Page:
Today Auckland celebrates its birthday. What better occasion to take stock of where the city is and to think about what happens next. It’s a great place — but it can be even better. Starting today, the Future Auckland series aims to stimulate debate. It’s not intended to be definitive, or to be a list of fully realised proposals. Instead, it aims to get our readers and leaders thinking and talking our future. About solutions, not problems. About where we’re going, and how we’re growing.

Key Points:

Auckland Transport is aiming for a turn-up-and-go public transport system where there will be a bus or train every 10 to 15 minutes outside peak times, says its chairman, Lester Levy. Critical to that frequency is the $2.5 billion City Rail Link because at present Britomart is a cul de sac allowing only six trains an hour to run. "Once the CRL opens, you can run 12 trains an hour which allows a service of every five minutes," Dr Levy said. The draft Auckland Council 10-year budget allows for the CRL project's main construction work to start in 2018 (assuming the Government agrees to pay half) and be completed in 2023. Auckland Transport chairman Lester Levy says public transport needs to become highly integrated. Photo / Jason Oxenham Dr Levy said critics overlooked the opportunities. Rail commuters on long journeys, such as Papakura to West Auckland, would get a significant reduction in trip times. Opening up the commuter rail network would help move 20,000 to 25,000 people an hour. Auckland Transport has also pitched light rail for some highly congested bus routes. Light rail, or trams, on a priority path could shift 18,000 people an hour compared with a bus on a shared path shifting 2500 people and a bus on a priority path's 6000 people an hour. "We have to be smarter and more thoughtful and more intelligent about modes of transport that shift a lot of people in a relatively short time, because it's the only effective way to deal with congestion at peak time," Dr Levy said. "However, we see the solution as a mix of roads, public transport, active transport [cycling, walking] and ferry. "The way of the future is to get all these modes acting as one network linked with each other, and public transport becoming highly integrated, including the fares." A big change was coming for public transport customers. "Frequency, punctuality and reliability of public transport has increased dramatically in the last 18 months to two years but we still have a way to go." New customer services features would include an app which can tell you where the bus is in real time and integrated fares that allow using different modes of transport on a single fare. The bus system was being overhauled and a move towards performance-based contracts for bus operator service would give AT more influence on timetables, capacity and frequency.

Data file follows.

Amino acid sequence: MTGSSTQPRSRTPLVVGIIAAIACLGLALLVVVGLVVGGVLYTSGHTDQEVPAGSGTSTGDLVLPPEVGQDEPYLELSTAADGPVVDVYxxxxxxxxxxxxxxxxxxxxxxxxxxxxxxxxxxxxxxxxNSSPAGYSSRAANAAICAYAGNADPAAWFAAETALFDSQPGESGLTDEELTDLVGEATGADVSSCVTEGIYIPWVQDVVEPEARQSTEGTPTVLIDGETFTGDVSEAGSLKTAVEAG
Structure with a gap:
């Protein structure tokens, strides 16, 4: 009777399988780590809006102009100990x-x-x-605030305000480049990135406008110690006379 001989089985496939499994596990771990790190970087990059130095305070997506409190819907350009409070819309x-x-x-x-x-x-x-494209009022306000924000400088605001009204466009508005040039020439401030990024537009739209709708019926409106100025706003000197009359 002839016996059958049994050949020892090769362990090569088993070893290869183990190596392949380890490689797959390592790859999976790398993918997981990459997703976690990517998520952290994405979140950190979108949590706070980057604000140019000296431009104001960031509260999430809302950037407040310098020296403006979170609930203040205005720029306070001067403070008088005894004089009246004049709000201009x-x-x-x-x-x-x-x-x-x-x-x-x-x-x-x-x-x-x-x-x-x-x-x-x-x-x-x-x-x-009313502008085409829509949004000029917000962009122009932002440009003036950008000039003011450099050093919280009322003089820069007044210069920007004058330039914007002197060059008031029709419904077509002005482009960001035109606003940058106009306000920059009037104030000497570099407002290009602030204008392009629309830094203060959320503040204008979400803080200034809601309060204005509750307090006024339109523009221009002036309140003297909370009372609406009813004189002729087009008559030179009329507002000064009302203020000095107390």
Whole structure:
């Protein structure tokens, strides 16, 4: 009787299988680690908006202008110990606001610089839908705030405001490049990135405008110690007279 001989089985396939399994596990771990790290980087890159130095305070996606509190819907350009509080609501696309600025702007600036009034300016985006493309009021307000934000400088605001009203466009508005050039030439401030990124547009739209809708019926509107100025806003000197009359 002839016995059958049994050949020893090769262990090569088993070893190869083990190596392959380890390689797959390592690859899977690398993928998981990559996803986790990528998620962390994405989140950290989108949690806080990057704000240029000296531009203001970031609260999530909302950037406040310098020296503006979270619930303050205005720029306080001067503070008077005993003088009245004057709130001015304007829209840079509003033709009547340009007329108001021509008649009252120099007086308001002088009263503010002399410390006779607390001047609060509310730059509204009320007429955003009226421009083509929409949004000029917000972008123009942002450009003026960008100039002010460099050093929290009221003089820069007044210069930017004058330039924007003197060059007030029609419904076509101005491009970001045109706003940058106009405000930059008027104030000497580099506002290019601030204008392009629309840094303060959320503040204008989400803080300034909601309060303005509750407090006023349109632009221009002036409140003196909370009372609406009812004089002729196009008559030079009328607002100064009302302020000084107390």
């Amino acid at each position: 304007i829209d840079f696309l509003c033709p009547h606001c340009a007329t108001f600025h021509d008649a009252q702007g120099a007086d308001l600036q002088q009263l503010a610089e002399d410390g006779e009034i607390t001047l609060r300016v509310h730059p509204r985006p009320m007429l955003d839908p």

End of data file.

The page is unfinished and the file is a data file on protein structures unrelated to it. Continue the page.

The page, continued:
Overseas experience

Hazel Cocker, 23. Moved to Auckland from Shropshire, England, in June 2013. Ms Cocker drives from her Onehunga flat to her job as a support worker for disabled adults in Henderson. She used to use public transport when she lived in New Lynn. "I used to get the train from New Lynn out to Henderson. I'd be walking about 6km a day to get to and from work and the trains are really irregular. They're not that reliable. Often they'd be running late, or sometimes they'd come early and just leave ... which I find weird." Ms Hazel recommended having more train services which remained at stops until the scheduled departure time to make it easier for people. She also believed public transport services which operated through the night would benefit the city. A bigger emphasis on services connecting the city to the North Shore would also be useful. "Public transport stops really early here. All the English cities - Birmingham, Liverpool, Manchester - all of those places have buses that pretty much run through the night."

Future leaders